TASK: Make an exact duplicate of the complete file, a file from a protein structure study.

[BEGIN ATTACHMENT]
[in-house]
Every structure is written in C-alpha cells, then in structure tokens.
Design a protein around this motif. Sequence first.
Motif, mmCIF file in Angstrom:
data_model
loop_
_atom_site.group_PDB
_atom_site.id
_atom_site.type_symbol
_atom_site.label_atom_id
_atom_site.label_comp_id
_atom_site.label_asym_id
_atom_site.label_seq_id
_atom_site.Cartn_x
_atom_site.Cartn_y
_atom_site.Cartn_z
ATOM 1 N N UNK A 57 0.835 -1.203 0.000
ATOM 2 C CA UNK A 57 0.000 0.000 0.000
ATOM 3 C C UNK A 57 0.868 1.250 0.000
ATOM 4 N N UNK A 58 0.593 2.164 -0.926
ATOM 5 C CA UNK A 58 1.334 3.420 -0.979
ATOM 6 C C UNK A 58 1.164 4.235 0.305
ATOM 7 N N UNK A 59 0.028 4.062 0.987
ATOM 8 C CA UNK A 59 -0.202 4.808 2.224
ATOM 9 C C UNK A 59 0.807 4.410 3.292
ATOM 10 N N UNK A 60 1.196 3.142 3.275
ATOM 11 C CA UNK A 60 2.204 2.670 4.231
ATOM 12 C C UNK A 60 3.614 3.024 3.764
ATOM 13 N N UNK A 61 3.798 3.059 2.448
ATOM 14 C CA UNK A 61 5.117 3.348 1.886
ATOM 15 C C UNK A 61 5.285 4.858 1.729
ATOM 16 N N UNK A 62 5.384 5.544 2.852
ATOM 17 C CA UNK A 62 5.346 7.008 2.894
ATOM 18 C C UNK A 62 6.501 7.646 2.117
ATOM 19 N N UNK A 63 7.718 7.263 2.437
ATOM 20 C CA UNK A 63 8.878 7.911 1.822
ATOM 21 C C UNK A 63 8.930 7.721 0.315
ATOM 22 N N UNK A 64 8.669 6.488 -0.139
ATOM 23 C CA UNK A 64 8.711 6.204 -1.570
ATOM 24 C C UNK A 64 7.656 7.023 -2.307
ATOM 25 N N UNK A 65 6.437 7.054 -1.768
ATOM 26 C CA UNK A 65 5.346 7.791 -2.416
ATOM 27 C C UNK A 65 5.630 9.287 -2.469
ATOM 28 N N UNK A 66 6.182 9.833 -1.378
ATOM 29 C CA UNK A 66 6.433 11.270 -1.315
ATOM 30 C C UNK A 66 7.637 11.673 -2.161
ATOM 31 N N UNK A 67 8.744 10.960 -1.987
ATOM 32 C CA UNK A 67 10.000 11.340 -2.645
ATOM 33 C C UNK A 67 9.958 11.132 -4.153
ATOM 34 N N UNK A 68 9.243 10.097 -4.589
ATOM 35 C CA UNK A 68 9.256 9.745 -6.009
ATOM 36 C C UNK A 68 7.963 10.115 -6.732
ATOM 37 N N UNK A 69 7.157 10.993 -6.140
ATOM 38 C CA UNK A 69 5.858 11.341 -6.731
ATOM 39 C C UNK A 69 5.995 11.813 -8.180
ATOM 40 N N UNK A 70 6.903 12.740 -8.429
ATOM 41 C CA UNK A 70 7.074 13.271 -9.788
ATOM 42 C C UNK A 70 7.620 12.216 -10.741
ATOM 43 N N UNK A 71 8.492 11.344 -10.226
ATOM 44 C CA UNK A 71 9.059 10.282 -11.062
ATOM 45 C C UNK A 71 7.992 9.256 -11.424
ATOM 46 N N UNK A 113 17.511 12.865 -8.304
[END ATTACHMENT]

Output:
[in-house]
Every structure is written in C-alpha cells, then in structure tokens.
Design a protein around this motif. Sequence first.
Motif, mmCIF file in Angstrom:
data_model
loop_
_atom_site.group_PDB
_atom_site.id
_atom_site.type_symbol
_atom_site.label_atom_id
_atom_site.label_comp_id
_atom_site.label_asym_id
_atom_site.label_seq_id
_atom_site.Cartn_x
_atom_site.Cartn_y
_atom_site.Cartn_z
ATOM 1 N N UNK A 57 0.835 -1.203 0.000
ATOM 2 C CA UNK A 57 0.000 0.000 0.000
ATOM 3 C C UNK A 57 0.868 1.250 0.000
ATOM 4 N N UNK A 58 0.593 2.164 -0.926
ATOM 5 C CA UNK A 58 1.334 3.420 -0.979
ATOM 6 C C UNK A 58 1.164 4.235 0.305
ATOM 7 N N UNK A 59 0.028 4.062 0.987
ATOM 8 C CA UNK A 59 -0.202 4.808 2.224
ATOM 9 C C UNK A 59 0.807 4.410 3.292
ATOM 10 N N UNK A 60 1.196 3.142 3.275
ATOM 11 C CA UNK A 60 2.204 2.670 4.231
ATOM 12 C C UNK A 60 3.614 3.024 3.764
ATOM 13 N N UNK A 61 3.798 3.059 2.448
ATOM 14 C CA UNK A 61 5.117 3.348 1.886
ATOM 15 C C UNK A 61 5.285 4.858 1.729
ATOM 16 N N UNK A 62 5.384 5.544 2.852
ATOM 17 C CA UNK A 62 5.346 7.008 2.894
ATOM 18 C C UNK A 62 6.501 7.646 2.117
ATOM 19 N N UNK A 63 7.718 7.263 2.437
ATOM 20 C CA UNK A 63 8.878 7.911 1.822
ATOM 21 C C UNK A 63 8.930 7.721 0.315
ATOM 22 N N UNK A 64 8.669 6.488 -0.139
ATOM 23 C CA UNK A 64 8.711 6.204 -1.570
ATOM 24 C C UNK A 64 7.656 7.023 -2.307
ATOM 25 N N UNK A 65 6.437 7.054 -1.768
ATOM 26 C CA UNK A 65 5.346 7.791 -2.416
ATOM 27 C C UNK A 65 5.630 9.287 -2.469
ATOM 28 N N UNK A 66 6.182 9.833 -1.378
ATOM 29 C CA UNK A 66 6.433 11.270 -1.315
ATOM 30 C C UNK A 66 7.637 11.673 -2.161
ATOM 31 N N UNK A 67 8.744 10.960 -1.987
ATOM 32 C CA UNK A 67 10.000 11.340 -2.645
ATOM 33 C C UNK A 67 9.958 11.132 -4.153
ATOM 34 N N UNK A 68 9.243 10.097 -4.589
ATOM 35 C CA UNK A 68 9.256 9.745 -6.009
ATOM 36 C C UNK A 68 7.963 10.115 -6.732
ATOM 37 N N UNK A 69 7.157 10.993 -6.140
ATOM 38 C CA UNK A 69 5.858 11.341 -6.731
ATOM 39 C C UNK A 69 5.995 11.813 -8.180
ATOM 40 N N UNK A 70 6.903 12.740 -8.429
ATOM 41 C CA UNK A 70 7.074 13.271 -9.788
ATOM 42 C C UNK A 70 7.620 12.216 -10.741
ATOM 43 N N UNK A 71 8.492 11.344 -10.226
ATOM 44 C CA UNK A 71 9.059 10.282 -11.062
ATOM 45 C C UNK A 71 7.992 9.256 -11.424
ATOM 46 N N UNK A 113 17.511 12.865 -8.304